The BSO’s Roger and Roxana are also well versed in “King Roger,” since they sang it together at the Bastille in 2009. Polish-Ukrainian soprano Olga Pasichnyk points out that she and Szymanowski were both born in Ukraine, “only about 120 kilometers apart. The music he heard as a child, I think it was the same music I heard, and the landscapes he saw were the same landscapes I saw. That’s why I think he’s very close to my heart.”


Pasichnyk describes Roxana as “a powerful woman who loves her husband very much,” but then the shepherd elicits “something she never discovered in her herself and in her relationship with King Roger. And she decides to follow this flame in her heart, which is sometimes a little bit spiritual, sometimes a little bit religious, and sometimes just very sexual as well.”

Polish baritone Mariusz Kwiecien, for his part, says that as a student he felt Szymanowski was too modern for him. But then he introduced himself to “King Roger” about eight years ago, “because everybody was saying this is a perfect role for me. So I listened to the music, and I started to find incredible emotions in it.”

Dutoit, Pasichnyk, and Kwiecien all agree that interpretation of “King Roger” is very difficult. “Traditional people in Poland try to interpret the Shepherd as Jesus Christ,” Kwiecien explains. “But I think there is in the opera a reflection of Szymanowski’s own life. He was in love with Iwaszkiewicz, but Iwaszkiewicz had a wife. So the relationship in his private life was very much like the relationship in ‘King Roger.’ ”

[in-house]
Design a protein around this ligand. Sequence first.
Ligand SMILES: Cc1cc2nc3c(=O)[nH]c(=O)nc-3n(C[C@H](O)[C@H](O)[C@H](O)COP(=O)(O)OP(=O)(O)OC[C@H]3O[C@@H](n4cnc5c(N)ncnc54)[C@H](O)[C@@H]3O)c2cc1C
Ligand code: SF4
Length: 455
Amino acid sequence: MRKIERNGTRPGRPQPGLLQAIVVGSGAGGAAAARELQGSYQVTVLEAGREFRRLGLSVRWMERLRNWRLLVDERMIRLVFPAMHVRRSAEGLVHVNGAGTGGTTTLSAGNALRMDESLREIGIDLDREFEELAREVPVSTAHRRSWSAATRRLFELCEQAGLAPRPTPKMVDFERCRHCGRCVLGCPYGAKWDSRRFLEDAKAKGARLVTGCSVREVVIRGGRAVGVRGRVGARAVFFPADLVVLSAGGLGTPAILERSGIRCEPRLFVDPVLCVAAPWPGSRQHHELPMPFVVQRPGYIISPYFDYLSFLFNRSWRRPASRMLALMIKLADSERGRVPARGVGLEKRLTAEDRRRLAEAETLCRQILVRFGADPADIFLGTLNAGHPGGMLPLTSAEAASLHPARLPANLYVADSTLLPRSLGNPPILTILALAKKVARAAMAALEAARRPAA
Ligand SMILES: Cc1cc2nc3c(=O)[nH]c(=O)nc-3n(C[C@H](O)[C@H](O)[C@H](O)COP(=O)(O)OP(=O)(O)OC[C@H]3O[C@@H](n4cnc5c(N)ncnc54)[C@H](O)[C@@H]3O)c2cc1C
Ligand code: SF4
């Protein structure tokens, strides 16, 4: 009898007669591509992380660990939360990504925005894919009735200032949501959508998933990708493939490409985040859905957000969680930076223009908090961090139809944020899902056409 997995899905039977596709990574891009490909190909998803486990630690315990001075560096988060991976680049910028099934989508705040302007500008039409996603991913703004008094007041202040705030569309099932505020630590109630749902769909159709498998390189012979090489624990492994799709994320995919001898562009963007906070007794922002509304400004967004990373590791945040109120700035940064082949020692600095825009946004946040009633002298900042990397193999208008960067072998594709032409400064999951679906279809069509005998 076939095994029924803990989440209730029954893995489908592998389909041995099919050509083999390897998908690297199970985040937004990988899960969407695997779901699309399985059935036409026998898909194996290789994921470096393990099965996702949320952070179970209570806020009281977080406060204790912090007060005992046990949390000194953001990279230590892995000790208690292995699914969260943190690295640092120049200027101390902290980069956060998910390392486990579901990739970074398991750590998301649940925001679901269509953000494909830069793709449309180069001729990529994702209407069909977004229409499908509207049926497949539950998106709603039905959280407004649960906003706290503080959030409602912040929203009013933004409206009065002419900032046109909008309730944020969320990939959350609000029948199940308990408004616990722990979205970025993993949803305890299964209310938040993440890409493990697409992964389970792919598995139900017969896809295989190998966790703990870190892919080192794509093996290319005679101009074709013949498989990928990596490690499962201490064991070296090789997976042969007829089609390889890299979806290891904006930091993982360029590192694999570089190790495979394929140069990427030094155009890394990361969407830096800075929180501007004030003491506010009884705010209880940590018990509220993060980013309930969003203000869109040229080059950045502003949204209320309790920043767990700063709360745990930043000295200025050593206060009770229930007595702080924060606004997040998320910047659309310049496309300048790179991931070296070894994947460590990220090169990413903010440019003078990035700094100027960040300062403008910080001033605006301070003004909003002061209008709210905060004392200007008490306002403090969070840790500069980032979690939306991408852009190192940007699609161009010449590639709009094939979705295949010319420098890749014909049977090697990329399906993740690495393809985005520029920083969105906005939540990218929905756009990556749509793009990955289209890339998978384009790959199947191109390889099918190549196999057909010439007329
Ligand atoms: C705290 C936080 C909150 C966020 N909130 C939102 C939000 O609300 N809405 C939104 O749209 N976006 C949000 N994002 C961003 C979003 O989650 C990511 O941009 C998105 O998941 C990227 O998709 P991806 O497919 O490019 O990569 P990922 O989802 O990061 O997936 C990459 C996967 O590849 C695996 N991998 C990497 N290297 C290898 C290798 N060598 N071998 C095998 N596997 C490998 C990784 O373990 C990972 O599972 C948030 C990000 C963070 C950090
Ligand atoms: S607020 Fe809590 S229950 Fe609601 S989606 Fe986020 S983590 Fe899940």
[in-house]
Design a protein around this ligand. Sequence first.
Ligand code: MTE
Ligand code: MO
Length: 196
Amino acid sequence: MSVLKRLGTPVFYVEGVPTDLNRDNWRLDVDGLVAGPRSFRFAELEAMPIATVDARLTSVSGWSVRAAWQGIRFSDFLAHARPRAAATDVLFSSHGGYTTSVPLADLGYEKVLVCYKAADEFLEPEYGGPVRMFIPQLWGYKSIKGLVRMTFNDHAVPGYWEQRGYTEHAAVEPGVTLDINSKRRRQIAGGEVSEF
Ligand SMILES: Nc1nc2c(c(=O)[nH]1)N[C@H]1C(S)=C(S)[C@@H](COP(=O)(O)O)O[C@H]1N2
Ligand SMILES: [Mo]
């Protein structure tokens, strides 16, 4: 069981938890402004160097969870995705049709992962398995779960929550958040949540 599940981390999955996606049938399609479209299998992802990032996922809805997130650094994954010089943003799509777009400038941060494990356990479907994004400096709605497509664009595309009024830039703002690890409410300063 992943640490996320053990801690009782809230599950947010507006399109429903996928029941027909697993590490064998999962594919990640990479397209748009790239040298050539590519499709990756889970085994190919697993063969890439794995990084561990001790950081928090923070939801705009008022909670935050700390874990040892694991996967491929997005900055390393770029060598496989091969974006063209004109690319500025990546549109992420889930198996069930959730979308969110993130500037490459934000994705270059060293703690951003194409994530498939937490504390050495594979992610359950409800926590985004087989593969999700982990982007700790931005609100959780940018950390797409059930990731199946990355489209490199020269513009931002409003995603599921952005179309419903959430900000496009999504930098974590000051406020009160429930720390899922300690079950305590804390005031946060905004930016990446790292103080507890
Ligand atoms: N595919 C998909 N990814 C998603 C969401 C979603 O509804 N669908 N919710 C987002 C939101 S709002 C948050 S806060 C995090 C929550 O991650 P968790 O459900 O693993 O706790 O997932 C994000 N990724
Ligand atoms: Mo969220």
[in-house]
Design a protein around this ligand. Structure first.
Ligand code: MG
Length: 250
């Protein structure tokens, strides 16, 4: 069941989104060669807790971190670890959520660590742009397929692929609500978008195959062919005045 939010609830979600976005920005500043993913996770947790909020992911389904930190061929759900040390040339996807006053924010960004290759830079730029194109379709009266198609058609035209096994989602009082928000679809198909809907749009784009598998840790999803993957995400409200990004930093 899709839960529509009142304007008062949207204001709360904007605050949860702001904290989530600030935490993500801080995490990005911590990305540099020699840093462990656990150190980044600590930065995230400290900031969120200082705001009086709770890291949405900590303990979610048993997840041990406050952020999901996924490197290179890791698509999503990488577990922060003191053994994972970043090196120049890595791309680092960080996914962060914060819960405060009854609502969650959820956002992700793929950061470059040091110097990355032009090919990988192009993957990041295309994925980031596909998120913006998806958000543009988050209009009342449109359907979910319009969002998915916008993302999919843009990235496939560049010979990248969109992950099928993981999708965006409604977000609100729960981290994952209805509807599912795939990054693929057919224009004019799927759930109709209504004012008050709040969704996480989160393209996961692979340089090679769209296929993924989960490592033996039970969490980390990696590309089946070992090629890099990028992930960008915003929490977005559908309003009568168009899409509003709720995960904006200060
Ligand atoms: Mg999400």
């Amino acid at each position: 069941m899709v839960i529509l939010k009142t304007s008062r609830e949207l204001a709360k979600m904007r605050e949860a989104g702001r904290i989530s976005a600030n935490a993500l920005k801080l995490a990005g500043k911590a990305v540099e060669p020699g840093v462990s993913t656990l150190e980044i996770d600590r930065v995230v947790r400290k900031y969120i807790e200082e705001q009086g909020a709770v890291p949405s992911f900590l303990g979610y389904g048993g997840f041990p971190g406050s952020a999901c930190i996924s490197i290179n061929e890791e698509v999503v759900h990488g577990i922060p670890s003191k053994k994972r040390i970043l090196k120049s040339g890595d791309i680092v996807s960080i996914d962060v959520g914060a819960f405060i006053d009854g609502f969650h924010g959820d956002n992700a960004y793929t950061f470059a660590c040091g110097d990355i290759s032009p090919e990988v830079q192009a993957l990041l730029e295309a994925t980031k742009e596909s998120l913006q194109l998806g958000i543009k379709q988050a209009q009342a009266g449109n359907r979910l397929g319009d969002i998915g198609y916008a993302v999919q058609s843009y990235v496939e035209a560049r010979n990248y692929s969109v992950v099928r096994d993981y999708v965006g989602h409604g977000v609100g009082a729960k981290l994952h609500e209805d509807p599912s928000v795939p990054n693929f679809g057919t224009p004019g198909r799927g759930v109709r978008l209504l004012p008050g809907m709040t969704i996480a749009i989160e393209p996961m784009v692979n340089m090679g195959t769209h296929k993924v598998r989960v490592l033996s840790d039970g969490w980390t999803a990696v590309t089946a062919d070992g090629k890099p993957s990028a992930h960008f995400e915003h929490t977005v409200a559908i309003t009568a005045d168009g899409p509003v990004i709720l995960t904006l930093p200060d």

Dutoit supports that reading. “The music is so sensual at a certain point,” he observes, “that it suggests that the king was attracted physically by the shepherd. And that relates to Szymanowski’s own sexuality.”


The conclusion is even more ambiguous. Dutoit thinks that, at the end, Roger “goes through this dream, and the sun rises, and he doesn’t go with the Dionysian shepherd, he goes back to the Apollonian with the symbolic appearance of the sun at the end of the night. The whole thing takes place in one night.”

Pasichnyk believes that Roxana “disappears with the people following the Shepherd, like a sect, or some philosophy, she’s disappearing into some other world, some other dimension. Maybe she dies, we don’t know exactly.” For Kwiecien, “King Roger is transforming from somebody who couldn’t explain and understand who he is. At the end, he is a king who is dead, so that’s a huge transformation. Or if he survives, he is a new-born person.”

One thing Kwiecien is sure about is the nature of the Boston performances. Although Dutoit and the cast have not yet assembled to work out the details, he is adamant that the singers will not just stand around. “Otherwise it will just be like oratorio music — it will be boring,” he asserts. “For me, the important thing is that there is a strong interaction between the singers on stage. With Olga, that is already done,” he adds, describing Pasichnyk as a singer “to die for.”

“I believe in the power of this music, and I believe that this opera is still underestimated in the world,” Pasichnyk says. “But I notice that every time people discover this music, they fall completely in love with it. Also, the story is so exciting, I definitely believe that ‘King Roger’ will have a long life, not only on stages, but also in the concert halls.”


Jeffrey Gantz can be reached at